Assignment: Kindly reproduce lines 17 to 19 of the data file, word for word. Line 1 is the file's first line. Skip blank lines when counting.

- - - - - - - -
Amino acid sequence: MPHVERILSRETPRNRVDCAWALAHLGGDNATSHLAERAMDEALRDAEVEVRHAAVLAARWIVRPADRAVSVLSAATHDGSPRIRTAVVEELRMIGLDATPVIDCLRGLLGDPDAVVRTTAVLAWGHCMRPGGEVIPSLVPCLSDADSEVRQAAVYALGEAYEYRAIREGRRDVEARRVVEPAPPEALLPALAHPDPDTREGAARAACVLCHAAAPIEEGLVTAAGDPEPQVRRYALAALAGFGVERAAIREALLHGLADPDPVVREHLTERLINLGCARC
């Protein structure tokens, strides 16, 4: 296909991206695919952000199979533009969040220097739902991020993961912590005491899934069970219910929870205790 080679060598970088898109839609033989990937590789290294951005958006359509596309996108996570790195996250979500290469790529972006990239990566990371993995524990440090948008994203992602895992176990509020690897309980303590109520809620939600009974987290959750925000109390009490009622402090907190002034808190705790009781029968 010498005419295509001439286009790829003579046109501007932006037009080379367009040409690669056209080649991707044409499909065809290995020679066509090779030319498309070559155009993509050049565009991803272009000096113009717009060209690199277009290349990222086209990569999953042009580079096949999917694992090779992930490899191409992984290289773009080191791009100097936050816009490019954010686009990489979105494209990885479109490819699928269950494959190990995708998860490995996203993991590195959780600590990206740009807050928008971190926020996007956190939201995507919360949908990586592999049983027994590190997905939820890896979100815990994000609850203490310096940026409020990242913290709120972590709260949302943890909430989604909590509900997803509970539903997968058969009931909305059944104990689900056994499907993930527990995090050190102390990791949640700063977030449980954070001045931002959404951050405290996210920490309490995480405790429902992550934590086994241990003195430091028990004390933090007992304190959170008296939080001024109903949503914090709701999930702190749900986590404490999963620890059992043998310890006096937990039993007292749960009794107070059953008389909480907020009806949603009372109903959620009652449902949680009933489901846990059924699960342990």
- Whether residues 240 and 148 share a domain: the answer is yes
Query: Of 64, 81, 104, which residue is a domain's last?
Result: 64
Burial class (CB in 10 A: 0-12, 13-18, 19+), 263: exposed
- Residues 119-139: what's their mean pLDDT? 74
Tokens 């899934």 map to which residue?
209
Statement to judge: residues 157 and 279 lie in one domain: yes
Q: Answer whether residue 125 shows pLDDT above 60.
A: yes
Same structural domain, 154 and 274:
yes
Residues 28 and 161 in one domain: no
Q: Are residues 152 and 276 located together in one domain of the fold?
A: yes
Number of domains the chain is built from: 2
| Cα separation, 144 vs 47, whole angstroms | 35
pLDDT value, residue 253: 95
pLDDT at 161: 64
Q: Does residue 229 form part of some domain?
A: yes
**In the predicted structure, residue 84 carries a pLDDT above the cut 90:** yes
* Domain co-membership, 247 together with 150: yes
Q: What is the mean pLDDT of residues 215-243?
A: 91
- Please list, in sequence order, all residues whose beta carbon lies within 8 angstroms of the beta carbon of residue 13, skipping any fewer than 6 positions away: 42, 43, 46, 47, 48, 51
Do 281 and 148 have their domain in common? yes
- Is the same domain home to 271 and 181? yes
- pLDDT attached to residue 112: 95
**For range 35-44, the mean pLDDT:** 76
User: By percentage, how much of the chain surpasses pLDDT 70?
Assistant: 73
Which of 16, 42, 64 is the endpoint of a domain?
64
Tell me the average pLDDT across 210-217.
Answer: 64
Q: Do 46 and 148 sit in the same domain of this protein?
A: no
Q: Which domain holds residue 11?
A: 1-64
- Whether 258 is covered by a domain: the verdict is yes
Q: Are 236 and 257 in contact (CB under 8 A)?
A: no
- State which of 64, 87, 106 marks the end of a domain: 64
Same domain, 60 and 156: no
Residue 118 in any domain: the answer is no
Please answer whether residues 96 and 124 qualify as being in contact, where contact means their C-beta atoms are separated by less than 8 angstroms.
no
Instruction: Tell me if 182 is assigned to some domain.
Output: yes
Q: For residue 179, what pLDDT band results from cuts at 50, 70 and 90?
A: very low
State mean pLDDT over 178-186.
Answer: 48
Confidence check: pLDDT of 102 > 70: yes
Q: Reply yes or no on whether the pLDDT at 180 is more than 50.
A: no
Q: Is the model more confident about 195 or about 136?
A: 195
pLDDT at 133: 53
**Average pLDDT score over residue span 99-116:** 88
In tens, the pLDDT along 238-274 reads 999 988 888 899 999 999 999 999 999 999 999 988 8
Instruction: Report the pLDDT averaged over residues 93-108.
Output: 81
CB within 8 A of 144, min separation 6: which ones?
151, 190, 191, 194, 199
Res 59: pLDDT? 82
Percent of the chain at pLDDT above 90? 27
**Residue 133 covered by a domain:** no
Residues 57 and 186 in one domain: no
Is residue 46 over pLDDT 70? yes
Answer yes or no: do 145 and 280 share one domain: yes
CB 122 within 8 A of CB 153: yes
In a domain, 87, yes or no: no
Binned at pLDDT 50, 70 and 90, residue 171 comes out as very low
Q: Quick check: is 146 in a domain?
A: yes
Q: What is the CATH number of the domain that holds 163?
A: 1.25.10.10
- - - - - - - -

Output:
A: yes
Number of domains the chain is built from: 2
| Cα separation, 144 vs 47, whole angstroms | 35